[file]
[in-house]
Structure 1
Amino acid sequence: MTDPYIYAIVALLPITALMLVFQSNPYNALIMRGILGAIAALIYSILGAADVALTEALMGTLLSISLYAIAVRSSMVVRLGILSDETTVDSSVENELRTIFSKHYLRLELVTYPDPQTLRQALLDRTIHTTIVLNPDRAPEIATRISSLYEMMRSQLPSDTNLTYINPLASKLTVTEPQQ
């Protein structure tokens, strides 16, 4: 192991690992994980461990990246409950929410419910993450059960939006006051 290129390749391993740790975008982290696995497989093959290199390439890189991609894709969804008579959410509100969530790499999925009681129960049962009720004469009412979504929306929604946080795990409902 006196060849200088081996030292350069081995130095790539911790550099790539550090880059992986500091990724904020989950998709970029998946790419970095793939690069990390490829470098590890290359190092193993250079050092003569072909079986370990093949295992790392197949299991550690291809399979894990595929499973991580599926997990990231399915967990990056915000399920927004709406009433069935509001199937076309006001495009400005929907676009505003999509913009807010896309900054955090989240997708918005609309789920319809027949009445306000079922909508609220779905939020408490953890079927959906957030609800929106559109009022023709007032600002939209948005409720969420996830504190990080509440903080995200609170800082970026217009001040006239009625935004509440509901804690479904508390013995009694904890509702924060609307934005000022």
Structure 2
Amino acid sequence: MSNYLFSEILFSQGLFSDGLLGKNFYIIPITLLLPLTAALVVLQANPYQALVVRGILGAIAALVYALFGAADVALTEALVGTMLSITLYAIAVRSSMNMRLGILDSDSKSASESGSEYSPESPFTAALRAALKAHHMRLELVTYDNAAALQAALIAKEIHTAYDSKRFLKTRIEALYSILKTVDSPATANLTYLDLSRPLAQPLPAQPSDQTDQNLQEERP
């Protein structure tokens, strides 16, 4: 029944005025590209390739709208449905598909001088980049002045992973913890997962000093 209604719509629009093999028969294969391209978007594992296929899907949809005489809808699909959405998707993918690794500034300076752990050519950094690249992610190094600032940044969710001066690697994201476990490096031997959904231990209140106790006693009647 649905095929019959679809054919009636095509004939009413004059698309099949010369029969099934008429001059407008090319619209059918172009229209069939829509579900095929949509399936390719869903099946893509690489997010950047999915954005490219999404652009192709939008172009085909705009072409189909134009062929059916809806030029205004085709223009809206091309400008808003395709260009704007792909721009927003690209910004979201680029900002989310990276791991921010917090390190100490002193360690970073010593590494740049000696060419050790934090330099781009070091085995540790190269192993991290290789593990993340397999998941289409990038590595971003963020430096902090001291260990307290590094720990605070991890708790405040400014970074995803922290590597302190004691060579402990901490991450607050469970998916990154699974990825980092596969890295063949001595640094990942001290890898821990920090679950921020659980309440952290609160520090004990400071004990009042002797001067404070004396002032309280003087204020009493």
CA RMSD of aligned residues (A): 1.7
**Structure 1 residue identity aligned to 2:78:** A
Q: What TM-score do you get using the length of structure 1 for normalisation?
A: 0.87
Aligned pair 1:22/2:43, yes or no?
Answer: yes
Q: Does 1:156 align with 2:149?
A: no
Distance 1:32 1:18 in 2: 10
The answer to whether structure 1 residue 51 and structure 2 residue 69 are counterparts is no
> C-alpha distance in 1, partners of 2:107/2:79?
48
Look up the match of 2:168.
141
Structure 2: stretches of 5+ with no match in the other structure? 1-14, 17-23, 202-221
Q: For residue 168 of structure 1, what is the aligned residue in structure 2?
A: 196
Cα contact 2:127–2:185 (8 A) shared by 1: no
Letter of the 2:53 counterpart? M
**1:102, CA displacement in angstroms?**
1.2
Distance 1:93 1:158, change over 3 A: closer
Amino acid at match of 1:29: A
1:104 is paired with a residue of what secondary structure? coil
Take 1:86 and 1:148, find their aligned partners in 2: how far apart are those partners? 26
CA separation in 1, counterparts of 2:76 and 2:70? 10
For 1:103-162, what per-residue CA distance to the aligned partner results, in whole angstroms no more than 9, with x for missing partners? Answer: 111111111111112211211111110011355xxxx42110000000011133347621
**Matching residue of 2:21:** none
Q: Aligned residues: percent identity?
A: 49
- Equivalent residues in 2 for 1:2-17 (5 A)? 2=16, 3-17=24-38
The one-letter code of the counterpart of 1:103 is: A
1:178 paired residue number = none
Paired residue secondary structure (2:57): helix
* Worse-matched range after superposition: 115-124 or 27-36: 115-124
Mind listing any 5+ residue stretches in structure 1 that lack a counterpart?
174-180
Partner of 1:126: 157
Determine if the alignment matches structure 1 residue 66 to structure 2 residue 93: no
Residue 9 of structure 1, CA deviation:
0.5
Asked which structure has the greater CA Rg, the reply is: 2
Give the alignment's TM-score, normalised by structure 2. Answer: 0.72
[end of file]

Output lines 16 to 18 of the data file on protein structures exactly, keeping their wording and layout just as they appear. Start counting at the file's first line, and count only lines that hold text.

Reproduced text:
Distance 1:32 1:18 in 2: 10
The answer to whether structure 1 residue 51 and structure 2 residue 69 are counterparts is no
> C-alpha distance in 1, partners of 2:107/2:79?